There's another universe where Peanuts folded after two years and Charles Schulz became a parks manager in Boulder, CO. He was a very happy person.

Robert Crumb
Been messin' around on a Wacom tablet in his spare time.

Carl Barks
Got to heaven, let out a deep mournful grunt when he saw Walt Disney's signature stamped onto the cornices.

Stan Lee
Probably deserves every bit of credit alongside his collaborators, but will go to his grave vaguely dissatisfied by the fact that no one likes a company man.

Jack Kirby
Had the misfortune to pick the least remunerative industry possible relative to his talent. Most likely could have made more money drawing department store underwear ads.

Frank Miller
Has spent twenty-five years in a dogged campaign to convince people he's nowhere near as smart as we once gave him credit for. To be admired for his tenacity.

Todd McFarlane
Once the biggest artist in all comics, full-stop, and the smartest businessman to boot. Hasn't made a single good decision since 1994. I don't like making fun of people with diminished capacities. Took his brain out to play with and lost it under the bed.

Jim Lee
One of the dominant forces in mainstream comics for over twenty years, still can't grow a God-damn mustache.

Jim Davis
Will die happier, richer, and more fulfilled than every other person on this list.

Thursday, September 20, 2012

50 Shades of Nate Grey

12. Well, sugah -- it's about time you woke up from yo' nap.

X-Man #11 (January 1996) by John Ostrander, Steve Skroce and Bud LaRosa

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Tuesday, September 18, 2012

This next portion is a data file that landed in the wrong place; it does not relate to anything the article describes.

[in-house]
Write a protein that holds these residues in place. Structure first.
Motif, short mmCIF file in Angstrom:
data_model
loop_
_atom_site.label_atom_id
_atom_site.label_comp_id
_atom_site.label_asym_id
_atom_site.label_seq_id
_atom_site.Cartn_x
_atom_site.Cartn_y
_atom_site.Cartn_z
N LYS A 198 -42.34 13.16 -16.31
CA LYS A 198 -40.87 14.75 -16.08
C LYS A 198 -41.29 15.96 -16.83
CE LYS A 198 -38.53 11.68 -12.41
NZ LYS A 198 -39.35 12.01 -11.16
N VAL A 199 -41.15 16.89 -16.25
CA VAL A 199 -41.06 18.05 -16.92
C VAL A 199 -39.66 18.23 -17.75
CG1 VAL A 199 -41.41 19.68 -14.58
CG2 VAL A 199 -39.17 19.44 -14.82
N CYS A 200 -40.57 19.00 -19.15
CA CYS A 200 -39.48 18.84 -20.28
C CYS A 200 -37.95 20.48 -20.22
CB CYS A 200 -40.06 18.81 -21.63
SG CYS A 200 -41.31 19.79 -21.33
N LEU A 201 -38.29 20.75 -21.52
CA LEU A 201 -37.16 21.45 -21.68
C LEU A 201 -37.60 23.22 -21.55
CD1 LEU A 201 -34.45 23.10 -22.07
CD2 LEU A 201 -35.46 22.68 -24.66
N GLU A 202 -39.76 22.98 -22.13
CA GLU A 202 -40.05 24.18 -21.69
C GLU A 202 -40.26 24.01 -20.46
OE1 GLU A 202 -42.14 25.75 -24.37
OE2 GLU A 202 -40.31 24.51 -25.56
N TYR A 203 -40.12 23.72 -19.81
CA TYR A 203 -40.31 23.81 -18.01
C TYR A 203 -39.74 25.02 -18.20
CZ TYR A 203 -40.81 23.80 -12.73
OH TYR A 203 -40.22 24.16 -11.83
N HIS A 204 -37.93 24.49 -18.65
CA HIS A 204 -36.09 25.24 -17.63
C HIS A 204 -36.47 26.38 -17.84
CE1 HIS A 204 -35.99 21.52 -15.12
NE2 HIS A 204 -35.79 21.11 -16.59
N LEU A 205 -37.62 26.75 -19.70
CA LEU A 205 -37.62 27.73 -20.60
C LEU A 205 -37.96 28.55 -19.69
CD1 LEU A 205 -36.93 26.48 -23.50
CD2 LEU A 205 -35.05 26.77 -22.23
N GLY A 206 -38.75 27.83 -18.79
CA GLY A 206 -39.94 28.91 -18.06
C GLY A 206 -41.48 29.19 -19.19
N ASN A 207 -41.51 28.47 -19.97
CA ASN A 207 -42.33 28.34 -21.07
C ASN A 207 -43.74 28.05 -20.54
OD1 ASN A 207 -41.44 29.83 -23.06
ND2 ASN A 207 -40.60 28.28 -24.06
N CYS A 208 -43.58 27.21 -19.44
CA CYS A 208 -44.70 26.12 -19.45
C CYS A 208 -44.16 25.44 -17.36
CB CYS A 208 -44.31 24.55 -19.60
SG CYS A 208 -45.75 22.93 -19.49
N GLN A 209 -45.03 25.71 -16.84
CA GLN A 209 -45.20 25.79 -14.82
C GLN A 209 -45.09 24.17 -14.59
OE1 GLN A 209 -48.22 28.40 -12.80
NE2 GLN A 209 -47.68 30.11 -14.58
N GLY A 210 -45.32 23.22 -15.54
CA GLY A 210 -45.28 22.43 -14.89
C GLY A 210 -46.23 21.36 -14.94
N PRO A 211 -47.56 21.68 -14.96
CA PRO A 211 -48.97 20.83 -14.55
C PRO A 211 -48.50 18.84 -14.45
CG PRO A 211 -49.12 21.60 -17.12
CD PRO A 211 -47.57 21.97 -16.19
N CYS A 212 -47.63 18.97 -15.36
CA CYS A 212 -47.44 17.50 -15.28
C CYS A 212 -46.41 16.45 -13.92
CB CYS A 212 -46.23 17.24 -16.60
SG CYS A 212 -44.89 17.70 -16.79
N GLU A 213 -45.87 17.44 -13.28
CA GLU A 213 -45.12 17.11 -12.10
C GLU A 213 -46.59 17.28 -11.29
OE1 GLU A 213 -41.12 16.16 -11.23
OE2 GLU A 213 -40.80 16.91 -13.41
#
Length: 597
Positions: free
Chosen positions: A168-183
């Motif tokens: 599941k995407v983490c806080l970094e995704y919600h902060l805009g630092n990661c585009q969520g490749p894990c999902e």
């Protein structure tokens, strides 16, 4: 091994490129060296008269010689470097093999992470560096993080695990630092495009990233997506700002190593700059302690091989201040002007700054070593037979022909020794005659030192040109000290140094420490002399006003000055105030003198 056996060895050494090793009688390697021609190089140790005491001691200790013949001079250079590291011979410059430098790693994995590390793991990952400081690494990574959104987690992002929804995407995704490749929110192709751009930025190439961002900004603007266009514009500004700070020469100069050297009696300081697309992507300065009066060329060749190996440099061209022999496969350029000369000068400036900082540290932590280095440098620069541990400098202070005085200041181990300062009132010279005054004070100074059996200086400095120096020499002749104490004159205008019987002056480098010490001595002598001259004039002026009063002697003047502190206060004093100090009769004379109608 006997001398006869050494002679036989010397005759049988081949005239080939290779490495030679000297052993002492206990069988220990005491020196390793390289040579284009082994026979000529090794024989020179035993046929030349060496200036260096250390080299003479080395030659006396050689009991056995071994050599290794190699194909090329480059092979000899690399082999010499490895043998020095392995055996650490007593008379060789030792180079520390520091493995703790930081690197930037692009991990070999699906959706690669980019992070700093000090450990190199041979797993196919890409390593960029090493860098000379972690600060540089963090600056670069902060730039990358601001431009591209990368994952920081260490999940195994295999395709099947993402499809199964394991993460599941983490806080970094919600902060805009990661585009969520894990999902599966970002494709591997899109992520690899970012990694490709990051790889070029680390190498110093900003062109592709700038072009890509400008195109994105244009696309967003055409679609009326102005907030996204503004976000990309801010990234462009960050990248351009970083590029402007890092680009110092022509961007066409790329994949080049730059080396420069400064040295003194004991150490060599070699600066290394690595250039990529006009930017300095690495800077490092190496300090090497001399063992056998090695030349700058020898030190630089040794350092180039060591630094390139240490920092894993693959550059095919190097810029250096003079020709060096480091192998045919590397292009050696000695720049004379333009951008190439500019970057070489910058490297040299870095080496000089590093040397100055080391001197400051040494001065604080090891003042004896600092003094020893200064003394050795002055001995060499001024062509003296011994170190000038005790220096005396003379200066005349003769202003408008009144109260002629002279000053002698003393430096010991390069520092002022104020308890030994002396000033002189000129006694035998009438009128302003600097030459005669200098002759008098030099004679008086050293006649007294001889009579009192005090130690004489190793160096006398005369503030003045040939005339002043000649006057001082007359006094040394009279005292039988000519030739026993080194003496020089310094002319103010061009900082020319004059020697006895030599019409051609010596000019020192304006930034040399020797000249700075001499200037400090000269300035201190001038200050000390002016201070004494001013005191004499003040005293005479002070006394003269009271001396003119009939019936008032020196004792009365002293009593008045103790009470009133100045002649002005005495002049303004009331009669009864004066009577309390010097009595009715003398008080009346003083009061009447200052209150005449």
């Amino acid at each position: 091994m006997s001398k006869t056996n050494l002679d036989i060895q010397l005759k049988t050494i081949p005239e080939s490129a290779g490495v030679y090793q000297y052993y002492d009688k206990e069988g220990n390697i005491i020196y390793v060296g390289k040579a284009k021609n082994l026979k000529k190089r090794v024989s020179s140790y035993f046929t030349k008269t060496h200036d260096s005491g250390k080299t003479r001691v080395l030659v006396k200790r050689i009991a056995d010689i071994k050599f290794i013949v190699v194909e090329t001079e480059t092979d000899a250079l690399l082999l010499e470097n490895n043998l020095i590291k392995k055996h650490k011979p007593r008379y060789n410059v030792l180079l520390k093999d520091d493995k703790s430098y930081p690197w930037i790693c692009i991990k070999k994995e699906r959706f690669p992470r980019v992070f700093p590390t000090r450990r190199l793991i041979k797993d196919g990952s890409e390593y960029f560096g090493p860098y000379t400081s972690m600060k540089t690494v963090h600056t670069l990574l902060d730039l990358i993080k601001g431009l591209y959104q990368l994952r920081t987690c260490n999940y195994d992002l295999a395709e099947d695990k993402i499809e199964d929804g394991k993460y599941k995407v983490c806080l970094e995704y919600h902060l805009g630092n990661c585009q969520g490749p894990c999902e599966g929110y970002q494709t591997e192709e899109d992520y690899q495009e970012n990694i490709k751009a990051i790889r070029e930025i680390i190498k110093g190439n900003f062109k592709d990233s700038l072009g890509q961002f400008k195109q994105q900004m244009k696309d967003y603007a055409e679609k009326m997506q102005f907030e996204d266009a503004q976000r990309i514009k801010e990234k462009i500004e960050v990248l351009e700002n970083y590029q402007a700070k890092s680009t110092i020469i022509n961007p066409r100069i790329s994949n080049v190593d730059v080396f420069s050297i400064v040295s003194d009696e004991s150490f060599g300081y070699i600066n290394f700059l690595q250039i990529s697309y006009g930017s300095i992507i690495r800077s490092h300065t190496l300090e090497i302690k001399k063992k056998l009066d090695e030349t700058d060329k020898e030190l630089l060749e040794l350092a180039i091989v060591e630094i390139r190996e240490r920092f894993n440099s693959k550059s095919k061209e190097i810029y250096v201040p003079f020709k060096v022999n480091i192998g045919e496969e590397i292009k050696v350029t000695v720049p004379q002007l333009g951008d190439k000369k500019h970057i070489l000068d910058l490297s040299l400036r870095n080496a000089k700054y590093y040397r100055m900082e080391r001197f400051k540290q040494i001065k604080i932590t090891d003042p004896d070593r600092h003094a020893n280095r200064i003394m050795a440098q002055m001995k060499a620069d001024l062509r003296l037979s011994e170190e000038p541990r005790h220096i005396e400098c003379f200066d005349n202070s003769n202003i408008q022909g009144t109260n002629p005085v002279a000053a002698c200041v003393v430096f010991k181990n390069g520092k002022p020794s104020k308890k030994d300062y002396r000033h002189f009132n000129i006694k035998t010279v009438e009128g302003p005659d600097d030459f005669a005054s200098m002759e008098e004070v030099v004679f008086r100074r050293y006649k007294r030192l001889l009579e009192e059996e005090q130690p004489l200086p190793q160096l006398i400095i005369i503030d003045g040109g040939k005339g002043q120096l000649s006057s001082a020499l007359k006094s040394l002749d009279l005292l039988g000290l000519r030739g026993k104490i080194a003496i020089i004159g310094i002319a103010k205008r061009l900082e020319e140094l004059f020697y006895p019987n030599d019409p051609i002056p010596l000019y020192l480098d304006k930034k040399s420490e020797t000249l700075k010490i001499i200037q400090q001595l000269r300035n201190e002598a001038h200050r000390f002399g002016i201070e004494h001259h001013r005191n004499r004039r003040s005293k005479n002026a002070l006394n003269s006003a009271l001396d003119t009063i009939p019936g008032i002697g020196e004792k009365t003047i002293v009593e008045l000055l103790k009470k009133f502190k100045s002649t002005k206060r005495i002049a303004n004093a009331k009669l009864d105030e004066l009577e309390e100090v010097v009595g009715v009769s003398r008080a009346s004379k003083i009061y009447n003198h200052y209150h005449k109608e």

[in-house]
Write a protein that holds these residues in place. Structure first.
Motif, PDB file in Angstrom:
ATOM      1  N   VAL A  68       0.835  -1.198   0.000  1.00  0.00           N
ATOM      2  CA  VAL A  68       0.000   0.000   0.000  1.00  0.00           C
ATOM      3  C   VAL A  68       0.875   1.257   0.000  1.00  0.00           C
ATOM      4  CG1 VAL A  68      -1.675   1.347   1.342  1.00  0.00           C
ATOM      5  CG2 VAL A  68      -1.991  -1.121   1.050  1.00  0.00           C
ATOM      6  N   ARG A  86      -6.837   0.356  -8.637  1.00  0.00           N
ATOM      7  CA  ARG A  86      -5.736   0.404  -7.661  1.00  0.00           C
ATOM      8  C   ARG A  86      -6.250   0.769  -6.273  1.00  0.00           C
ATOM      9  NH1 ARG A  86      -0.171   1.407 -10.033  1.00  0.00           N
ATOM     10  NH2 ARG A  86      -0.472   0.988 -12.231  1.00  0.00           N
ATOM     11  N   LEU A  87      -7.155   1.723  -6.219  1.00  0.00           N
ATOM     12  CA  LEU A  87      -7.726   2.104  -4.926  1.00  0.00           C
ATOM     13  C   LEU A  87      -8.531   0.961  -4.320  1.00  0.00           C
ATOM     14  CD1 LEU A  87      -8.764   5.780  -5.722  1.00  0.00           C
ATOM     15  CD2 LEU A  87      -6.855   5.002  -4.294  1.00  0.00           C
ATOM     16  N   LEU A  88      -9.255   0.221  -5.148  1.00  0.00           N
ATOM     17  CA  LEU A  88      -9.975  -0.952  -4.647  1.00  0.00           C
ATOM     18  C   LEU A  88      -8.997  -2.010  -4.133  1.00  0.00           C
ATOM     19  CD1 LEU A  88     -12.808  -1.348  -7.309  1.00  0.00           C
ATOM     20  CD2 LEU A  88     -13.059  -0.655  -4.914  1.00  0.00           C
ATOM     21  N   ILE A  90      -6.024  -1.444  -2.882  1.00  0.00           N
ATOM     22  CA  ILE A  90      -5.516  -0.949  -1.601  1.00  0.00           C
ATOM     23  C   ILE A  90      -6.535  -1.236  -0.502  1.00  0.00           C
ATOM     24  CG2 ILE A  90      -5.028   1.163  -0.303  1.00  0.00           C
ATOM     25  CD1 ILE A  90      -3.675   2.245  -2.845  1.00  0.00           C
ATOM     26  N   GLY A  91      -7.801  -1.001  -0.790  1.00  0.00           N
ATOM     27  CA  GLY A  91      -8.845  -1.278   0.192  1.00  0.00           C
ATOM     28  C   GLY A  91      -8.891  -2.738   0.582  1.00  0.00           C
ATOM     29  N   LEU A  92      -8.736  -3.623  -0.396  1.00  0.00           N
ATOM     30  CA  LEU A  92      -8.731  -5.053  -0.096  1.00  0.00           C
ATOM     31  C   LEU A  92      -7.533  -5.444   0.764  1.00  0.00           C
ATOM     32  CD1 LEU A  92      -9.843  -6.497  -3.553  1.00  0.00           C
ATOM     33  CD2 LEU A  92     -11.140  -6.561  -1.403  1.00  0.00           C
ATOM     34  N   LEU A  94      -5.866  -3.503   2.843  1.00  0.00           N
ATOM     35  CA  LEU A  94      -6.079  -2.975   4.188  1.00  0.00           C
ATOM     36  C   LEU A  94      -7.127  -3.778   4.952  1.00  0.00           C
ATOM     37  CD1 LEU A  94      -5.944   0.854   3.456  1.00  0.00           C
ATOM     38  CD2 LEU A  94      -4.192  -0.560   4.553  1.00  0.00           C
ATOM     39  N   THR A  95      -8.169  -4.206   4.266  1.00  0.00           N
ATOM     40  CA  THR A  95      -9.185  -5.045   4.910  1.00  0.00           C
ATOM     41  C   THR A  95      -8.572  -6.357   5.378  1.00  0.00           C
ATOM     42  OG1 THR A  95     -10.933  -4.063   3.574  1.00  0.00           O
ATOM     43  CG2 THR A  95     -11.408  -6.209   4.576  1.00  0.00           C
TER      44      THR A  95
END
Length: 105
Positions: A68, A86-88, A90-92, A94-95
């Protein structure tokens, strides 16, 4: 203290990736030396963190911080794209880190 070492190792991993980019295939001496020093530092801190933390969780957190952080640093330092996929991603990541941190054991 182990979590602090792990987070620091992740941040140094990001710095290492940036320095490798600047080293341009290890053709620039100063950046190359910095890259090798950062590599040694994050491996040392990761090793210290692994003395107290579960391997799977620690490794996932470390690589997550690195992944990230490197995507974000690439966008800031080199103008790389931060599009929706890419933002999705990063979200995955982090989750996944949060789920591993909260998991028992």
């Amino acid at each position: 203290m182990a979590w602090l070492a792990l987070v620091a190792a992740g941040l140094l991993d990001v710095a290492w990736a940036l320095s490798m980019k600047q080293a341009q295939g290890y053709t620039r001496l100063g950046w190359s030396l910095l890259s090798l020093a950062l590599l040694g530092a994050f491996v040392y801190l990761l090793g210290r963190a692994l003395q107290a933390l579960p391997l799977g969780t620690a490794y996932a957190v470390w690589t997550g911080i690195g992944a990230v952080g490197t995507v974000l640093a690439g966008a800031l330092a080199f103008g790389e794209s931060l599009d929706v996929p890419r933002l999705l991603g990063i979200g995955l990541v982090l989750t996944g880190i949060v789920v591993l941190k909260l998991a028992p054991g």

50 Shades of Nate Grey

11. You look for a gray area -- a point that's registering nothing.
A space that shouldn't be there. That'll be him.

X-Man #10 (November 1995) by John Ostrander, Steve Skroce, Jan Duursema, and Casey Jones

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Thursday, September 13, 2012

50 Shades of Nate Grey

10. Her fear . . . her hatred . . .

X-Man #9 (October 1995) by Jeph Loeb, John Ostrander, Steve Skroce, and Rob Haynes

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Wednesday, September 12, 2012

50 Shades of Nate Grey

9. . . . Please don't tell . . .

X-Man #8 (October 1995) by Jeph Loeb, John Rozum, Steve Skroce, and Scott McDaniel

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Tuesday, September 11, 2012

50 Shades of Nate Grey

8. X-Men?!

X-Man #7 (September 1995) by Jeph Loeb and Steve Skroce

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Monday, September 10, 2012

Around the World

Daft Punk's Homework is fifteen years old this year. Does that seem odd to you? It seems a lifetime ago, especially considering the duo's subsequent career. Daft Punk don't repeat themselves. They've never recorded another album quite like Homework, and perhaps not coincidentally, they've never released anything even close to as good.

That doesn't mean Discovery is a bad album - or even Human After All (which I once discussed here) - not by any means. But it does mean that for myself, and for a few other Daft Punk fans of my acquaintance, the first few encounters with Discovery were - not to put too fine a point on it - crushing disappointments. What the hell was this 70s EZ listening shit? Where were the bangers? Homework is pure fire from beginning to end. It's perhaps the best dance LP ever recorded: although it was a massive crossover success, it wasn't really a "crossover" in the same way that we usually imagine the term. There were no stunt vocalists, no ballads on back half of the album, no Beatles homages, no guest rappers, no concessions to "relevance," whatever that would have meant in the context of 1997. There aren't even any obvious singles. Sure, we all know "Around the World," but an actual disco house track on the radio in 1997? Without a vocal hook other than the same three vocodered words looped over and over again? Say what?